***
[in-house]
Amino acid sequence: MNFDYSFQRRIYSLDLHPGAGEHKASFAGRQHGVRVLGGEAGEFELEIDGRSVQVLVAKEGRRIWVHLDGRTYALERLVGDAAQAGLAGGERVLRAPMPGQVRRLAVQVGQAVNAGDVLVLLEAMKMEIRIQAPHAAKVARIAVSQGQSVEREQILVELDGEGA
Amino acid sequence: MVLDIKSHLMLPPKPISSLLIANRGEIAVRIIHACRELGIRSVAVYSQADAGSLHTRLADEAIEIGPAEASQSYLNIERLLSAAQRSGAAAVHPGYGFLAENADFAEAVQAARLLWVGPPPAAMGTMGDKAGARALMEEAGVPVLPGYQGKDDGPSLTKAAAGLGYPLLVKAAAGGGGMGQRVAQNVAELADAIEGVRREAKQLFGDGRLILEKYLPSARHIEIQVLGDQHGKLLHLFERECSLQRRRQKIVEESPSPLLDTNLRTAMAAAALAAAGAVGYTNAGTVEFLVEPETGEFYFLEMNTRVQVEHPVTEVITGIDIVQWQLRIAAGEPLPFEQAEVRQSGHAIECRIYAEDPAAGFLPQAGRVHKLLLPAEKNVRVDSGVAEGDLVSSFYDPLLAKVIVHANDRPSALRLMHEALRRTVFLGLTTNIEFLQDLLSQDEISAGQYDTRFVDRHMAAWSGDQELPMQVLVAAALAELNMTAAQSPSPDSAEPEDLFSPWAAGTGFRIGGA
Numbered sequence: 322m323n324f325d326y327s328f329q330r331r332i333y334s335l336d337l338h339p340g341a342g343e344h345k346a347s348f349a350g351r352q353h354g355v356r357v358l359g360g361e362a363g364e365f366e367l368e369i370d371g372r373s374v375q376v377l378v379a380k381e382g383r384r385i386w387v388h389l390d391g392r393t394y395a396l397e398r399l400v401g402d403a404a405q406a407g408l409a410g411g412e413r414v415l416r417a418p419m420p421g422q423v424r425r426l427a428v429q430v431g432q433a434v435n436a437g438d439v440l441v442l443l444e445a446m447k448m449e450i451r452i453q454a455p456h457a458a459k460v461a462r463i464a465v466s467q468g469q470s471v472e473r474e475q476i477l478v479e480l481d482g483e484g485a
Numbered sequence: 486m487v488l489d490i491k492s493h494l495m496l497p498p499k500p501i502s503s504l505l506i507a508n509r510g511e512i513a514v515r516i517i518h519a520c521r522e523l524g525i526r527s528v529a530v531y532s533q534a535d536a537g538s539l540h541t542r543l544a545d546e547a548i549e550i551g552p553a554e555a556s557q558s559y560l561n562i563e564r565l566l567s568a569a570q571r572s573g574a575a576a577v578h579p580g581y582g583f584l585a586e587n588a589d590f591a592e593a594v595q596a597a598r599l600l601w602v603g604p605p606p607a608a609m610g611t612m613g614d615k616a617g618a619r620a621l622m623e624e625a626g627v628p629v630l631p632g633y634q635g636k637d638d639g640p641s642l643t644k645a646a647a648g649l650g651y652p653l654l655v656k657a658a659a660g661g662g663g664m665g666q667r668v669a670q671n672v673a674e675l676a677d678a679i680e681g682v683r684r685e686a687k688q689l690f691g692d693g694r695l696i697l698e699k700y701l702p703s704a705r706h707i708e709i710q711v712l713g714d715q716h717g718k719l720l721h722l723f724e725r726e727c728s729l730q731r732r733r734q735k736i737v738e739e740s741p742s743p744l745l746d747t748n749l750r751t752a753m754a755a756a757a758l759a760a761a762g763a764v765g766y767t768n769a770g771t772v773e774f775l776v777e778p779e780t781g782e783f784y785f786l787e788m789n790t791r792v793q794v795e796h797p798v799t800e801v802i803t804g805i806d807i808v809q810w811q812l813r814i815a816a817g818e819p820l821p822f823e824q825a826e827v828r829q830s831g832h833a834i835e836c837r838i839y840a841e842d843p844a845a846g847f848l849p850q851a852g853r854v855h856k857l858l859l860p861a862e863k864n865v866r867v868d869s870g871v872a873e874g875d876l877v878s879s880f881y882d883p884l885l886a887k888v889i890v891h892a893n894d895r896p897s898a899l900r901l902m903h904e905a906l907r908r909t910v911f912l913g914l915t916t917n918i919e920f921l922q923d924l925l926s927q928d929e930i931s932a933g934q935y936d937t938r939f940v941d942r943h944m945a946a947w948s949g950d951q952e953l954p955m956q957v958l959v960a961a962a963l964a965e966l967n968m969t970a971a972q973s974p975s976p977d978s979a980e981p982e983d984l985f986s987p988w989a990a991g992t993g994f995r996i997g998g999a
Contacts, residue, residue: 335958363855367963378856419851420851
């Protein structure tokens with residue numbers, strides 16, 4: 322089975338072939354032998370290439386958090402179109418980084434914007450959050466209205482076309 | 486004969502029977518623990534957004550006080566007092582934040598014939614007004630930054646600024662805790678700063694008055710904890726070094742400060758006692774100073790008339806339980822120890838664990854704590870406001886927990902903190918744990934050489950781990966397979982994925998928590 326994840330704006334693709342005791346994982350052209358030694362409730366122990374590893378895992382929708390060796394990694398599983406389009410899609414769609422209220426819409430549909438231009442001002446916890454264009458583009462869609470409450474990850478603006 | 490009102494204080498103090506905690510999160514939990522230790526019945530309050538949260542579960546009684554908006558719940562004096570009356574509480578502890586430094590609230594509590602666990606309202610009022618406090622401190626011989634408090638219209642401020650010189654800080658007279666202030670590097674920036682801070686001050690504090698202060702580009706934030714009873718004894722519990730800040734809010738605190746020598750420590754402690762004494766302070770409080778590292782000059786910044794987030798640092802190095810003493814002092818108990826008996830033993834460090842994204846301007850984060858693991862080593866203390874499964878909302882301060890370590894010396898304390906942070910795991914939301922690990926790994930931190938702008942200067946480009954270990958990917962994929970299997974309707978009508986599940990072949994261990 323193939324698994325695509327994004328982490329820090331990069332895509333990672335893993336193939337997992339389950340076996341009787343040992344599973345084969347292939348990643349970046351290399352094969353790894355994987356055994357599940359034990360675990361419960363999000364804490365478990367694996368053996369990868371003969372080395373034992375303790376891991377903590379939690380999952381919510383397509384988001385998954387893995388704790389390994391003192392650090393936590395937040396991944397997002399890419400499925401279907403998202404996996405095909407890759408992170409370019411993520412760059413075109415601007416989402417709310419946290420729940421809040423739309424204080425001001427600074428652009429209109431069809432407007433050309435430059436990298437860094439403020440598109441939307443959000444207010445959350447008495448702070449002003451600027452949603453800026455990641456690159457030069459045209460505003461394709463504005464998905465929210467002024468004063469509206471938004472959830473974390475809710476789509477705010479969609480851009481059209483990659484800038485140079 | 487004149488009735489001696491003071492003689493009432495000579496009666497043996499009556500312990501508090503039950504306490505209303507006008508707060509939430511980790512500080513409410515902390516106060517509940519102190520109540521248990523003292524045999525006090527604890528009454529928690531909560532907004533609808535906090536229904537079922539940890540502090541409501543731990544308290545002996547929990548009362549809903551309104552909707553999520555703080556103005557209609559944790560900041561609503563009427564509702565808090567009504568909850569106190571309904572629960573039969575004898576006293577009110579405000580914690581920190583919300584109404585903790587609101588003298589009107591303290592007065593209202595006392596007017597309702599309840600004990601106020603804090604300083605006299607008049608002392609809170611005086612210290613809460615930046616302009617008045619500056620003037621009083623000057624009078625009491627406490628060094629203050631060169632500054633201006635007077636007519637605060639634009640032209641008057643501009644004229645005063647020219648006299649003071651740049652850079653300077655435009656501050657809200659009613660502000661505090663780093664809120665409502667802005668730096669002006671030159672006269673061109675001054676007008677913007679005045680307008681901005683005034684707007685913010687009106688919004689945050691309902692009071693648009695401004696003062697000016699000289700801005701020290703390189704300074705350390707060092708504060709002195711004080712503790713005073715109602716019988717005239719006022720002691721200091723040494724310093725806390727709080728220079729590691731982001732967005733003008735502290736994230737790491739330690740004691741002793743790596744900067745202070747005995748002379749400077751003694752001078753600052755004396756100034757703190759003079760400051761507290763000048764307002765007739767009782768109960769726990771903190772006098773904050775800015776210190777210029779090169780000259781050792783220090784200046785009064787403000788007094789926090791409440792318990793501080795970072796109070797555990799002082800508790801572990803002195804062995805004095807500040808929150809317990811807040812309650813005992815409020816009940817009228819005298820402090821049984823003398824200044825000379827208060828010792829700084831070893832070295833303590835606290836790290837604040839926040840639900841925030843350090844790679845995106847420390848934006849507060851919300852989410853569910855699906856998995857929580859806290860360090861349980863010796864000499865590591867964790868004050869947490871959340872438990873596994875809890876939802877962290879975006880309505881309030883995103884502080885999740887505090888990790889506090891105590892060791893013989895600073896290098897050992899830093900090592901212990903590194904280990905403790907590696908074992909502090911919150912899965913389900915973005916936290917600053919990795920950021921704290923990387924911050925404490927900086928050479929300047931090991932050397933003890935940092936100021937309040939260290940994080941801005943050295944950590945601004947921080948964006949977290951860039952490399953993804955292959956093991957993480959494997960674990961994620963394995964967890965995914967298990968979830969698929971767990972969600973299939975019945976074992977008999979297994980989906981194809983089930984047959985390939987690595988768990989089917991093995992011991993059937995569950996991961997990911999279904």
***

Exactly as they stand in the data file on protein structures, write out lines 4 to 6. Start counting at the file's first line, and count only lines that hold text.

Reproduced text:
Numbered sequence: 322m323n324f325d326y327s328f329q330r331r332i333y334s335l336d337l338h339p340g341a342g343e344h345k346a347s348f349a350g351r352q353h354g355v356r357v358l359g360g361e362a363g364e365f366e367l368e369i370d371g372r373s374v375q376v377l378v379a380k381e382g383r384r385i386w387v388h389l390d391g392r393t394y395a396l397e398r399l400v401g402d403a404a405q406a407g408l409a410g411g412e413r414v415l416r417a418p419m420p421g422q423v424r425r426l427a428v429q430v431g432q433a434v435n436a437g438d439v440l441v442l443l444e445a446m447k448m449e450i451r452i453q454a455p456h457a458a459k460v461a462r463i464a465v466s467q468g469q470s471v472e473r474e475q476i477l478v479e480l481d482g483e484g485a
Numbered sequence: 486m487v488l489d490i491k492s493h494l495m496l497p498p499k500p501i502s503s504l505l506i507a508n509r510g511e512i513a514v515r516i517i518h519a520c521r522e523l524g525i526r527s528v529a530v531y532s533q534a535d536a537g538s539l540h541t542r543l544a545d546e547a548i549e550i551g552p553a554e555a556s557q558s559y560l561n562i563e564r565l566l567s568a569a570q571r572s573g574a575a576a577v578h579p580g581y582g583f584l585a586e587n588a589d590f591a592e593a594v595q596a597a598r599l600l601w602v603g604p605p606p607a608a609m610g611t612m613g614d615k616a617g618a619r620a621l622m623e624e625a626g627v628p629v630l631p632g633y634q635g636k637d638d639g640p641s642l643t644k645a646a647a648g649l650g651y652p653l654l655v656k657a658a659a660g661g662g663g664m665g666q667r668v669a670q671n672v673a674e675l676a677d678a679i680e681g682v683r684r685e686a687k688q689l690f691g692d693g694r695l696i697l698e699k700y701l702p703s704a705r706h707i708e709i710q711v712l713g714d715q716h717g718k719l720l721h722l723f724e725r726e727c728s729l730q731r732r733r734q735k736i737v738e739e740s741p742s743p744l745l746d747t748n749l750r751t752a753m754a755a756a757a758l759a760a761a762g763a764v765g766y767t768n769a770g771t772v773e774f775l776v777e778p779e780t781g782e783f784y785f786l787e788m789n790t791r792v793q794v795e796h797p798v799t800e801v802i803t804g805i806d807i808v809q810w811q812l813r814i815a816a817g818e819p820l821p822f823e824q825a826e827v828r829q830s831g832h833a834i835e836c837r838i839y840a841e842d843p844a845a846g847f848l849p850q851a852g853r854v855h856k857l858l859l860p861a862e863k864n865v866r867v868d869s870g871v872a873e874g875d876l877v878s879s880f881y882d883p884l885l886a887k888v889i890v891h892a893n894d895r896p897s898a899l900r901l902m903h904e905a906l907r908r909t910v911f912l913g914l915t916t917n918i919e920f921l922q923d924l925l926s927q928d929e930i931s932a933g934q935y936d937t938r939f940v941d942r943h944m945a946a947w948s949g950d951q952e953l954p955m956q957v958l959v960a961a962a963l964a965e966l967n968m969t970a971a972q973s974p975s976p977d978s979a980e981p982e983d984l985f986s987p988w989a990a991g992t993g994f995r996i997g998g999a
Contacts, residue, residue: 335958363855367963378856419851420851